by Br Julian McDonald cfc
“Count yourselves blessed every time people put you down or throw you out or tell lies about you to discredit me. What it means is that the truth is too close for comfort, and they are uncomfortable. You can be glad when that happens…for though they don’t like it, I do! And all heaven applauds. And know that you are in good company. My prophets and witnesses have always gotten into this kind of trouble.” Matthew 5, 1-12
In his letter to the Colossians, Paul made the following, startling statement: “You are God’s chosen race, God’s saints; God loves you” (Colossians 3, 12). He then proceeded to describe what those who are so dear to God actually look like: “So, you should be clothed in sincere compassion, in kindness and humility, gentleness and patience. Bear with one another; forgive each other as soon as a quarrel begins. The Lord has forgiven you; now you must do the same. Over all these clothes, to keep them together and complete them, put on love. And may the peace of Christ reign in your hearts, because it was for this that you were called together as parts of one body. Always be thankful. Let this message of Christ, in all its richness, find a home in you” (Colossians 3, 12-16).
That is surely what living in the spirit of the Beatitudes (today’s gospel-reading from Matthew) is all about. The celebration of All Saints is an invitation to stop to remind ourselves of all those people, all those saints, who, in their efforts to live in the spirit of the Beatitudes, have had an impact for good on us.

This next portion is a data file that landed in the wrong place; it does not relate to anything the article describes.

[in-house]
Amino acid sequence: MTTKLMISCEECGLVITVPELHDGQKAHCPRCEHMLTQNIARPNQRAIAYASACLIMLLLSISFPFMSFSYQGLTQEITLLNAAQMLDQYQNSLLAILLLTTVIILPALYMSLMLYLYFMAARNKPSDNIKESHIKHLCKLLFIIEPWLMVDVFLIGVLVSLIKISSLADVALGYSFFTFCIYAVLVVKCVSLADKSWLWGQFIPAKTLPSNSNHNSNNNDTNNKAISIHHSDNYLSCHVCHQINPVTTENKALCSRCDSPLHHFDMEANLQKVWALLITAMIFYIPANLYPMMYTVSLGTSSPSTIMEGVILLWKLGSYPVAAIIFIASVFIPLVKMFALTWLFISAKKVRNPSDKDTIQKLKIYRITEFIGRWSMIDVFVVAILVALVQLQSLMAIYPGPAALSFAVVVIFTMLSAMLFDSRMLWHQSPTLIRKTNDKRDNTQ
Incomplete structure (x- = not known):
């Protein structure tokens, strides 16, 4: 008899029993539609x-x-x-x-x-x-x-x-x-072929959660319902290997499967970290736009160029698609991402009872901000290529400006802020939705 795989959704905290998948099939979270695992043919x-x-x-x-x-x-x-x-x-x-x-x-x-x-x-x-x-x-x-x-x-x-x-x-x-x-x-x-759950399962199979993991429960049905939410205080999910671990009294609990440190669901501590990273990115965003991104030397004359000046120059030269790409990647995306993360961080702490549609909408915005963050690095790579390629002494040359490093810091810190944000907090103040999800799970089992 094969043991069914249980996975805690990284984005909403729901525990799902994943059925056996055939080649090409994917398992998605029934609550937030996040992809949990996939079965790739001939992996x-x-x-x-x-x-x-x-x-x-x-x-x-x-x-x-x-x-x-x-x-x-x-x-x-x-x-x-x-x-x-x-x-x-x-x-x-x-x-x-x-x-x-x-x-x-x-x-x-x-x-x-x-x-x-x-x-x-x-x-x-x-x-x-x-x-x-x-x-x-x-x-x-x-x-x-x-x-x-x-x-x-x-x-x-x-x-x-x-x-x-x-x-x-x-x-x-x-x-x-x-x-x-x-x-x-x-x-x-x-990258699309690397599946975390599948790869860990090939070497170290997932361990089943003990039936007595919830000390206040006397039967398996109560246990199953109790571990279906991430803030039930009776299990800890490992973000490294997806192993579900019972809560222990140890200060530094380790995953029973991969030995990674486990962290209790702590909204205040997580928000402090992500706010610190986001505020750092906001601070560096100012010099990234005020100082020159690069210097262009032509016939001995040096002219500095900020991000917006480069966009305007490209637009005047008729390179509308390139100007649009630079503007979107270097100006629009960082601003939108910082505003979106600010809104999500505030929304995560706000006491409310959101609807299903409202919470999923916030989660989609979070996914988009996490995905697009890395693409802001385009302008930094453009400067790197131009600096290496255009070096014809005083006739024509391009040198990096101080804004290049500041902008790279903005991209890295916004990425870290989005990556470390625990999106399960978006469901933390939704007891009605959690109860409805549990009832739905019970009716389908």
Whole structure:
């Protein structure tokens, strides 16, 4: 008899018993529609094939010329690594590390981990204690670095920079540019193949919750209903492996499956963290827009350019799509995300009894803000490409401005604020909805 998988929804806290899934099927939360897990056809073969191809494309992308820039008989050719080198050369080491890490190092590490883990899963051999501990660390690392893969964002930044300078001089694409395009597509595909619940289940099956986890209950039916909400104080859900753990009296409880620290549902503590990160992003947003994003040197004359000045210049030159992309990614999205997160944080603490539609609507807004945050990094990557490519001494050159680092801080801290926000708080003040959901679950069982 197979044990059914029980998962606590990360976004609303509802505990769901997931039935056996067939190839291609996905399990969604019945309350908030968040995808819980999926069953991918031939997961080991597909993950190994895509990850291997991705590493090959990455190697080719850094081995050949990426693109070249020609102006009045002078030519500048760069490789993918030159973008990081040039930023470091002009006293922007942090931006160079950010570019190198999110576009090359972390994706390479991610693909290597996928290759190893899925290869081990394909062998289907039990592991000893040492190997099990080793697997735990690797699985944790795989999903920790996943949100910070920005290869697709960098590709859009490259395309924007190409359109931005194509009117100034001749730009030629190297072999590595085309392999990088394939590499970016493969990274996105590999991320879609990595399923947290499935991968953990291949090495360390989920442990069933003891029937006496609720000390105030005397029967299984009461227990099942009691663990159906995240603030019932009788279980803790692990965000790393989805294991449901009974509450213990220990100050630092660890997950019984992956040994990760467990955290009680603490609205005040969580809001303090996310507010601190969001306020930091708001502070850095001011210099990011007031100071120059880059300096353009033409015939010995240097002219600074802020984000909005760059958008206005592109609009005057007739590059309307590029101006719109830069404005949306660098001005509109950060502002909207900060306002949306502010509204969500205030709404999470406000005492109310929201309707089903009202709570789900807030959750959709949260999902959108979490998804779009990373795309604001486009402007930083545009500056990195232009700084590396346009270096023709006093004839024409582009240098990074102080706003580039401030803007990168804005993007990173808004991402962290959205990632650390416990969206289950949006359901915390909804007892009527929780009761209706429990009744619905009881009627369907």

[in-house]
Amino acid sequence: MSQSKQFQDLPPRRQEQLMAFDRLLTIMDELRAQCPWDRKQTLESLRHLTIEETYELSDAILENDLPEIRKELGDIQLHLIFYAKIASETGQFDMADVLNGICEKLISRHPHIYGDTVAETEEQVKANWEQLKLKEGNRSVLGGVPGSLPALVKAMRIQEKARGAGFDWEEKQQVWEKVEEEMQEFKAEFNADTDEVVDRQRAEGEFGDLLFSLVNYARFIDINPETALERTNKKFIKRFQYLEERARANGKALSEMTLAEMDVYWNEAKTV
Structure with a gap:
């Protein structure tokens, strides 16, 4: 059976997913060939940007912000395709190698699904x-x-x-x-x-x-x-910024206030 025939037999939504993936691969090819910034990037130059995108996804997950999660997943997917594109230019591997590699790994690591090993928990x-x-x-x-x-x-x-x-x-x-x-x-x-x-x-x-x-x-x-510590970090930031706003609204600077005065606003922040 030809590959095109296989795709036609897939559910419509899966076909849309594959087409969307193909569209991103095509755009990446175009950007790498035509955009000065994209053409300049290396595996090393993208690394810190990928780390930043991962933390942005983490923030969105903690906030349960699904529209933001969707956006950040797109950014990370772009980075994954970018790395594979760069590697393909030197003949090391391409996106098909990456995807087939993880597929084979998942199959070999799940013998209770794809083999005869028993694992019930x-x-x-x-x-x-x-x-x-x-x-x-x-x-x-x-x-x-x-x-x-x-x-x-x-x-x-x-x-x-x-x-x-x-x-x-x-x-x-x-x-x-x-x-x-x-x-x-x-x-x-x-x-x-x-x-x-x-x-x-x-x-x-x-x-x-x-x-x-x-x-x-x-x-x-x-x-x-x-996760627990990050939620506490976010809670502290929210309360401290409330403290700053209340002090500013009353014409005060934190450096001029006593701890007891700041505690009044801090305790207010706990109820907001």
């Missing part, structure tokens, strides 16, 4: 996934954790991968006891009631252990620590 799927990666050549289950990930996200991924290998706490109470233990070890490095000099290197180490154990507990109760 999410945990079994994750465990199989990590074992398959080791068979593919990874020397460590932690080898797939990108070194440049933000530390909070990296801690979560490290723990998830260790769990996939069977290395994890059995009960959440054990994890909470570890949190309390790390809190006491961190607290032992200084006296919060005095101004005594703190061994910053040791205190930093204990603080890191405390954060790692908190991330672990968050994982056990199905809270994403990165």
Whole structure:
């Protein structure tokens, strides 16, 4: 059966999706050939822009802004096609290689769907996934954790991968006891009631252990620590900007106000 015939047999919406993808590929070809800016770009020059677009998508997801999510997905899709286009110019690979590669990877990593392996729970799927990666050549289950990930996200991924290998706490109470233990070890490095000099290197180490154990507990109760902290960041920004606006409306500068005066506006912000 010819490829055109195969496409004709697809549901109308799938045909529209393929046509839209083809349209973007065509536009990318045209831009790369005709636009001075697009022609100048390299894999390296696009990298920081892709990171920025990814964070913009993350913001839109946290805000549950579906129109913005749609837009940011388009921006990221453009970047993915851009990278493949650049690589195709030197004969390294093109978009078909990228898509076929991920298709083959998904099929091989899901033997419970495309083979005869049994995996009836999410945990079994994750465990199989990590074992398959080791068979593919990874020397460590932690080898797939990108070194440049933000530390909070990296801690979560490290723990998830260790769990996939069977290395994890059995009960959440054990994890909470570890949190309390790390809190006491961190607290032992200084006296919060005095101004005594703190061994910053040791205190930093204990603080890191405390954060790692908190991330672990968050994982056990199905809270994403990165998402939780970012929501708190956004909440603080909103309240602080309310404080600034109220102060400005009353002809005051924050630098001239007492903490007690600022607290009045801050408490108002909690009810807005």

As a way of making meaning for ourselves of this celebration of All Saints, I suggest we list all the “saints” in our lives who have helped us to grow into the people we have become. These are the “saints” who are meant to be at the centre of today’s celebration. These are the people who have had an impact for good on us. Some of them have already gone to God; others are still alive. Some, even, have become physically distanced from us because of the circumstances of their lives and of ours. But we remember them with gratitude. So, let’s begin by finding a quiet, reflective space and writing down those saints of ours who come to mind as we look back over our life.
The people whom you and I will list are, for the most part, very ordinary people – our neighbours, those we meet in the supermarket and at our parish gatherings, those who bother politicians by calling them to support the elderly consigned to nursing homes, those who walk our streets visiting the forgotten, the lonely and the shut-ins, those who take the trouble to demonstrate for the rights of refugees and asylum-seekers. They are the ones who reflect Jesus to us as they touch us and our world.
They are people who have learned to see and appreciate that all they have and are has come freely from the boundless love and generosity of God. Because of that, they are able to share their lives, talents, time and possessions, without a second thought, with those whom they encounter, especially those most in need. We have met them, we know them, and we are inspired by them. We are the richer and wiser, the freer and more generous ourselves because their lives have intersected with ours.
So, let’s take our lists and quietly thank God for the saints who have found their way to us.
To add to the richness of this experience, might I suggest that we invite those with whom we live and work closely to draw up their lists and to share them. After all, the saints on each one’s list are the identifiable markers in the story of God’s love for us over a life-time. The sharing we all do has the potential to heighten both our sense of gratitude and to sharpen our sensitivity to all with whom we engage every single day. All this is a very simple way of participating in today’s gospel-reading, and re-connecting with the saints we have met.
Enjoy the experience!